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Colosseum - Daughter Of Time CD (album) cover




Jazz Rock/Fusion

3.67 | 153 ratings

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Special Collaborator
RIO/Avant/Zeuhl Team
4 stars Colosseum's first studio album since the departure of singer and guitarist James Litherland (who went on to form the short-lived Mogul Thrash, John Wetton's first band) sounds at the same time similar and unlike its illustrious predecessor, "Valentyne Suite". As other reviewers have pointed out before me, it is a bluesier, jazzier effort, with a big, majestic sound, and much more prominent guitar parts, which make it harder-edged than the more keyboard-oriented VS. Anyway prog fans will find a lot to enjoy in "Daughter of Time", at least as far as the music is concerned. In fact, Chris Farlowe's powerful, resounding vocals do not fit with many people's expectations of what a prog singer should sound like, and for some they may even be an acquired taste. To these ears, though, his voice is simply stunning, and complements perfectly the epic sweep and overall uplifting mood of the album.

I set a great store by the opening track of an album, and "Three Score and Ten, Amen" does not disappoint, with Farlowe's commanding vocals fitting perfectly in the rich texture of Colosseum's music. Founding member Dick Heckstall-Smith's sax is augmented by Barbara Thompson (the future Mrs Hiseman, and a band member to this day), who doubles up on flute. The presence of a mini brass section boosts the band's already dramatic sound, and serves as a foil for Hiseman's textbook drumming and Dave Clem Clempson's brilliant guitar work. Clempson shines throughout the album, and the instrumental section of "Time Lament" showcases his sadly underrated skills as a six-stringer. "Take Me Back to Doomsday", my own personal favourite, is an exhilarating ride dominated by an awesome vocal performance by Farlowe and Greenslade's scintillating piano, as well as a soothing, elegant flute section provided by Thompson.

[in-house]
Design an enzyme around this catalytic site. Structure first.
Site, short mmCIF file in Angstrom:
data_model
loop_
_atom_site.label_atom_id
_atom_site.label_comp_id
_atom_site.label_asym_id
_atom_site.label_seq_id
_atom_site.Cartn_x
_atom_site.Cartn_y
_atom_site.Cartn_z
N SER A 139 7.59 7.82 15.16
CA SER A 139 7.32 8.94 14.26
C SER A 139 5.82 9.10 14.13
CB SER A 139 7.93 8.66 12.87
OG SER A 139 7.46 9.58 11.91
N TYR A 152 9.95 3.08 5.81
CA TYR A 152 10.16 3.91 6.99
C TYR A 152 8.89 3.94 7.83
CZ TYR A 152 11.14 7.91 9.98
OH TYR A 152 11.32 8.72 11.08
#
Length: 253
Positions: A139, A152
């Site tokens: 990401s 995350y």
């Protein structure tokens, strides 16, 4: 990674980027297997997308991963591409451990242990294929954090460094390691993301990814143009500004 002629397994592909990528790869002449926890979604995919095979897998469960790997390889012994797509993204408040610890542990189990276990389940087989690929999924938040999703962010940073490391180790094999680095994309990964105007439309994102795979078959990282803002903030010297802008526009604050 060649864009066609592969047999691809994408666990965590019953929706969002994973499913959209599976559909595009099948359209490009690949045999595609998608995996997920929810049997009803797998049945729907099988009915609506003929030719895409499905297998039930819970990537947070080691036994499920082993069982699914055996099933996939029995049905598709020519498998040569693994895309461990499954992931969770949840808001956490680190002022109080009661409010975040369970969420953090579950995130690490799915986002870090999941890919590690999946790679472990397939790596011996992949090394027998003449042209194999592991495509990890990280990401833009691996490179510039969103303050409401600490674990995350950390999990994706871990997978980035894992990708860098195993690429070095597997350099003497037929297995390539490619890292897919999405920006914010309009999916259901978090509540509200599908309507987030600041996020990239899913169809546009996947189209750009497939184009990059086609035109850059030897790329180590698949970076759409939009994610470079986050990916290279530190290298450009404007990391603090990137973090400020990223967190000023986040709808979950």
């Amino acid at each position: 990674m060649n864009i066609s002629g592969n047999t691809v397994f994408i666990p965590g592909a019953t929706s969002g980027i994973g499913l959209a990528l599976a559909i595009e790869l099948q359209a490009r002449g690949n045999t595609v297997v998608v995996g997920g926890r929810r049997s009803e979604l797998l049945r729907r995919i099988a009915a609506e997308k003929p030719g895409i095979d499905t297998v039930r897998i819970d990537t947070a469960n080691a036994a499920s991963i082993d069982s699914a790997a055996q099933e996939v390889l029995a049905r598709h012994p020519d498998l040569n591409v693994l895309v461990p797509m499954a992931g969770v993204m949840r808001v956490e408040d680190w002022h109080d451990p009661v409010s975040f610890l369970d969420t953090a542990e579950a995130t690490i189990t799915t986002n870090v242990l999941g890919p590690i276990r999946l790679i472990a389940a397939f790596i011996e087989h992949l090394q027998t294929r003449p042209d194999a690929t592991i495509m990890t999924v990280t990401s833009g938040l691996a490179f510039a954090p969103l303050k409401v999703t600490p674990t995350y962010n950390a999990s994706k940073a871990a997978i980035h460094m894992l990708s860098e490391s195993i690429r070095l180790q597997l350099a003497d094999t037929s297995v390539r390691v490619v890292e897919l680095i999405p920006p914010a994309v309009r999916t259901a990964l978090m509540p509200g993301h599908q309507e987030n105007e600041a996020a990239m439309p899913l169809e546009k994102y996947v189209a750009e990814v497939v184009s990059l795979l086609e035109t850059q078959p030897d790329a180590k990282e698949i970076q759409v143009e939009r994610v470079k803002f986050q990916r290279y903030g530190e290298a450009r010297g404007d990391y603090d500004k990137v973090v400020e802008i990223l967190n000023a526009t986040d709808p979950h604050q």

While the title-track sounds slightly too bombastic for comfort, and is in my opinion the weakest song on the album, "Theme for an Imaginary Western" is another vocal tour-de-force for Farlowe, though of a somewhat more understated nature than his trademark style. The song, originally written by bassist extraordinaire Jack Bruce for his album "Songs for a Tailor", is a wistful ballad slightly reminiscent of Procol Harum's best efforts. The intricate instrumental Bring Out Your Dead comes closest to the band's sound on "Valentyne Suite", and features sterling organ work by Dave Greenslade. The powerful, bluesy "Downhill and Shadows" allows Farlowe to shine once again, and introduces the live recording of "The Time Machine", mainly an extended solo by master drummer Jon Hiseman. Though drum solos have the reputation of being boring to all but practicing drummers, this one is eminently listenable even for musical dummies such as yours truly.

Though not perfect, and certainly not as innovative as "Valentyne Suite", "Daughter of Time" is nonetheless an excellent offering by an equally excellent band, blending jazz, blues, classic rock and progressive stylings in a single, high-quality package. Very warmly recommended to all lovers of great music.

Raff | 4/5 |


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